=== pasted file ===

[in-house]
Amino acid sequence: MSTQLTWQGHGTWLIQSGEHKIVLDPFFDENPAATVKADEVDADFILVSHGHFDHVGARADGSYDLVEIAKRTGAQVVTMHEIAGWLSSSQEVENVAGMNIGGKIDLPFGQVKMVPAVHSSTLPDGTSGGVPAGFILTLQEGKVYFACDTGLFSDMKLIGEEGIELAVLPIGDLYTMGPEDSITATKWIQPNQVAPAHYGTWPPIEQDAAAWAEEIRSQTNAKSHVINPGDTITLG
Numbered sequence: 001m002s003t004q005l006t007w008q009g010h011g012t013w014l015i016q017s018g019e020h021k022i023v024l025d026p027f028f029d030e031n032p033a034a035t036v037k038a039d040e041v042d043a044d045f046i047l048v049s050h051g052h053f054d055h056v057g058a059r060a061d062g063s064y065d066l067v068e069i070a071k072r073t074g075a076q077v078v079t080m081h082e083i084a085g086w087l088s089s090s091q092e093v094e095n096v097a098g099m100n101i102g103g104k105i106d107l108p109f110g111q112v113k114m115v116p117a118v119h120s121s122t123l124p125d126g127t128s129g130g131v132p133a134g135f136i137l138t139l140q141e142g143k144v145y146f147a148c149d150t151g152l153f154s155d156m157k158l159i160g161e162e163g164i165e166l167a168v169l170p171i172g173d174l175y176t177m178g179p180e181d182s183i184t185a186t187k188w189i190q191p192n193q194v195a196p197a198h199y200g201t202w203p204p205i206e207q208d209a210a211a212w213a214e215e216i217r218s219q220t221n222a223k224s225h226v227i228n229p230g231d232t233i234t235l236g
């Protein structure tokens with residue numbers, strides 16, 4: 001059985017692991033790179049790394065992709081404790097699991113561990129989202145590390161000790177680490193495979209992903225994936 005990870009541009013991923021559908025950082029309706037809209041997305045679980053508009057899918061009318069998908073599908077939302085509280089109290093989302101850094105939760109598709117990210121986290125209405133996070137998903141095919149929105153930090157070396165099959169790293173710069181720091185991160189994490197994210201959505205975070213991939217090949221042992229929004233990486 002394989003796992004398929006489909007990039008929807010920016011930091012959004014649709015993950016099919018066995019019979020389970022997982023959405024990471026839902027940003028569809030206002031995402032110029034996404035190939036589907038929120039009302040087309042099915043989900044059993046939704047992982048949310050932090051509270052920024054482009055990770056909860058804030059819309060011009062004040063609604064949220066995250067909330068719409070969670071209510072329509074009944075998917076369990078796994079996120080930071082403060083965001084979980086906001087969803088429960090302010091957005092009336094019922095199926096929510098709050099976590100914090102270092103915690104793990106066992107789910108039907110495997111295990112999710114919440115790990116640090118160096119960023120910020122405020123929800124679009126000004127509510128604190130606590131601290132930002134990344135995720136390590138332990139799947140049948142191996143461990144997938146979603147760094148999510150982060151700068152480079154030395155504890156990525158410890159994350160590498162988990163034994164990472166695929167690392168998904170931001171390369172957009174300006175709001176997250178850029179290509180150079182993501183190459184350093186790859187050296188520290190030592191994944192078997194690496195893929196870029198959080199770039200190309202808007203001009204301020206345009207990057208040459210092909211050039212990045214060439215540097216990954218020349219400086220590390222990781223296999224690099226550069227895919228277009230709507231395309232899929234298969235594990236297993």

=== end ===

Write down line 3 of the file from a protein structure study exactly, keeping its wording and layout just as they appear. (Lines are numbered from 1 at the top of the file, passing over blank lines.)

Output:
Numbered sequence: 001m002s003t004q005l006t007w008q009g010h011g012t013w014l015i016q017s018g019e020h021k022i023v024l025d026p027f028f029d030e031n032p033a034a035t036v037k038a039d040e041v042d043a044d045f046i047l048v049s050h051g052h053f054d055h056v057g058a059r060a061d062g063s064y065d066l067v068e069i070a071k072r073t074g075a076q077v078v079t080m081h082e083i084a085g086w087l088s089s090s091q092e093v094e095n096v097a098g099m100n101i102g103g104k105i106d107l108p109f110g111q112v113k114m115v116p117a118v119h120s121s122t123l124p125d126g127t128s129g130g131v132p133a134g135f136i137l138t139l140q141e142g143k144v145y146f147a148c149d150t151g152l153f154s155d156m157k158l159i160g161e162e163g164i165e166l167a168v169l170p171i172g173d174l175y176t177m178g179p180e181d182s183i184t185a186t187k188w189i190q191p192n193q194v195a196p197a198h199y200g201t202w203p204p205i206e207q208d209a210a211a212w213a214e215e216i217r218s219q220t221n222a223k224s225h226v227i228n229p230g231d232t233i234t235l236g